Tunisian constitution 'balance between Europe and Islam'

One of its drafters discusses 'free thought' in Naples

09 October, 16:51

    Fadhel Moussa Fadhel Moussa

    (ANSAmed) - NAPLES, OCTOBER 9 - The politician, academic and lawyer Fadhel Moussa, who was involved in drafting the Tunisian constitution, spoke on Thursday evening in Italy about the country's charter. He was also one of the protagonists of the Tunisian national dialogue, a coalition of civil society organizations that won the Nobel Peace Prize on Friday.

    Moussa, member of the Constituent Assembly and representative of the Modern Democratic group, was speaking at a Naples roundtable discussion entitled 'Freedom of Thought in European and Arab Constitutionalism', part of a number of days focusing on the theme 'On Free Thought'.

    He noted that it had been necessary to find ''a balance between the part of society connected with the Islamist movement and the part that we could call closer to European models''. Moussa stressed the importance of Article 6 in the constitution, which ''met the need to valorize and protect the importance of the sacred within Tunisian society, requiring the state to protect it. It also expressly prohibited other forms of manifestation of the importance of the sacred in social life, such as being sentenced for apostasy, a religious condemnation that could have serious effects at the civil level and could compromise people's safety. The Tunisian constitution, as concerns everything related to the issue of freedom of religion, is the result of an attempt to reach a compromise between contrasting pressures within Tunisian society.'' One of the aspects that makes Tunisia truly a new country after the Arab Spring lies therefore in the fact that ''the central issue of freedom of religion has been dealt with starting from the assumption that religion is a right that can be practiced not by the state as a moral, juridical person, but as individuals,'' Moussa said. The 'On Free Thought' initiative was organized by the Naples culture and tourism councillor's office alongside Fondazione Premio Napoli. Discussion was also held on Middle Eastern issues including the situation in Iraq. Among the speakers was La Stampa correspondent Domenico Quirico, who was held by Islamic fundamentalists for five months in Syria.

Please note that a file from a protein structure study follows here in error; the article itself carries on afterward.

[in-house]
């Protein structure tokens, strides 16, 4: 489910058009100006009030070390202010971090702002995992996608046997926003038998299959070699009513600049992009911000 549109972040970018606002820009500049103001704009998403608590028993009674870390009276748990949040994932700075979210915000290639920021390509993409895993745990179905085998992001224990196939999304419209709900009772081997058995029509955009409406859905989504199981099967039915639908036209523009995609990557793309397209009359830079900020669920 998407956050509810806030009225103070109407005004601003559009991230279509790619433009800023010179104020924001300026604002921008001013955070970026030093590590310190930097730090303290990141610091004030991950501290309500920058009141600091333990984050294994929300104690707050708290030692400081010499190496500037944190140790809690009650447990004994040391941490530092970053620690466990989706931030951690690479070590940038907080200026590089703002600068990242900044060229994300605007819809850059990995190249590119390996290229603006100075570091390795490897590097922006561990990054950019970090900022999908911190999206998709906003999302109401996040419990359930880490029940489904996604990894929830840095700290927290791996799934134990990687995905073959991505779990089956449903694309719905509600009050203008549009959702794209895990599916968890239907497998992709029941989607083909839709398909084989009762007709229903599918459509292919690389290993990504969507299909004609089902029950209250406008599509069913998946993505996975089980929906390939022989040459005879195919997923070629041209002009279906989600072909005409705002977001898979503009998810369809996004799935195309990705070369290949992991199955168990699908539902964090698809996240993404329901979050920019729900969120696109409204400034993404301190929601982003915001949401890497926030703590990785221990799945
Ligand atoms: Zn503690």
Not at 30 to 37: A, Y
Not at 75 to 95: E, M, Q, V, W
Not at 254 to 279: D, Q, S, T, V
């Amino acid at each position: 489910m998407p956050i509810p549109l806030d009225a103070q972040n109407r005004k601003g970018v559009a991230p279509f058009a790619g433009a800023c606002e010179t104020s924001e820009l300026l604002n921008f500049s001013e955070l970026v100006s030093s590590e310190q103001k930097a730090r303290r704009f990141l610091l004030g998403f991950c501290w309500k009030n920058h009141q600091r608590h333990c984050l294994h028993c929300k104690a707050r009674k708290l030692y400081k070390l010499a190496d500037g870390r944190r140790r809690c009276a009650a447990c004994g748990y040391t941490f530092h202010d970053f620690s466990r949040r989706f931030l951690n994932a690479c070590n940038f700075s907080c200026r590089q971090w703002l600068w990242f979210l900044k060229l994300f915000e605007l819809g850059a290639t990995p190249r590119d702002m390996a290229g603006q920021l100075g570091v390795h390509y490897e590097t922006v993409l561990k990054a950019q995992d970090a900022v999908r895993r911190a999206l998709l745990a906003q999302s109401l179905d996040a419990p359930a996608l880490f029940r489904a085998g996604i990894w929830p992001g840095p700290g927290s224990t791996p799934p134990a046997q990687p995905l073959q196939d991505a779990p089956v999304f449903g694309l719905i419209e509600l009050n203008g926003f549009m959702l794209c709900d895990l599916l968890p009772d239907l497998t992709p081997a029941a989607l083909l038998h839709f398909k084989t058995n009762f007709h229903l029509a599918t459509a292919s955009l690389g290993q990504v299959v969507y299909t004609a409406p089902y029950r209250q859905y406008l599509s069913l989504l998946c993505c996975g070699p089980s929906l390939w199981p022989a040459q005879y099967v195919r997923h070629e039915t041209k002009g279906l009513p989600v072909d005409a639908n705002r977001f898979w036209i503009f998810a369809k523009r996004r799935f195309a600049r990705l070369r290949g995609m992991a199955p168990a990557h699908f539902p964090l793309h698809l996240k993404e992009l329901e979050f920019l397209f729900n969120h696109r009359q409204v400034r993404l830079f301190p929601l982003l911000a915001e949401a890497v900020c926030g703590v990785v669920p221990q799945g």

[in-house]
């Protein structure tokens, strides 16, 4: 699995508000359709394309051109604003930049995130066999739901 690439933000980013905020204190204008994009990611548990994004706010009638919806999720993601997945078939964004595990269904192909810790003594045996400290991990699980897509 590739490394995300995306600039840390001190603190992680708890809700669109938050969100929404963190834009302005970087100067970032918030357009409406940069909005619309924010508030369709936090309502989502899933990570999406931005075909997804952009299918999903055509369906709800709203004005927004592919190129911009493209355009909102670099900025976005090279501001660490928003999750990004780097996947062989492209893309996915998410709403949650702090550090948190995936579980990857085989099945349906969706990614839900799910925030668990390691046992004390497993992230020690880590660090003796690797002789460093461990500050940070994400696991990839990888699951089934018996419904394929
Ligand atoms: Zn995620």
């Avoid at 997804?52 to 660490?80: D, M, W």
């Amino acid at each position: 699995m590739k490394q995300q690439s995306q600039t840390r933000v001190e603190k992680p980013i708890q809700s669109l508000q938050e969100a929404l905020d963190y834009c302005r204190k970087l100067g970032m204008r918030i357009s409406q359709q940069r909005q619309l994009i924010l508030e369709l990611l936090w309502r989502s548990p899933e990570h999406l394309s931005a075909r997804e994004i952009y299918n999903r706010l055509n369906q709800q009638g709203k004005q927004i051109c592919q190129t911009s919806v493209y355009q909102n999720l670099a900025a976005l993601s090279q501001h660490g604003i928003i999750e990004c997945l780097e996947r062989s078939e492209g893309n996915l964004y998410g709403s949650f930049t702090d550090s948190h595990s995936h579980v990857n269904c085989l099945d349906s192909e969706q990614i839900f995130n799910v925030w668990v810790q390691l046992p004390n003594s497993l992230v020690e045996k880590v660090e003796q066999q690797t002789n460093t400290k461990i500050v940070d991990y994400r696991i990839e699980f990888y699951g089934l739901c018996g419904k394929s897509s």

''I got to know these men from up close,'' he said. ''I spoke to them about God, the only conversation subject with them. They believe they are true Muslims. These fighters come from very different experiences: from a doctor with a British passport to a Tuareg smuggler, from a former drug dealer to a theologian.

    Obama is making a mistake when he says they are outside the third millennium; I instead believe they are at the heart of it.'' (ANSAmed).

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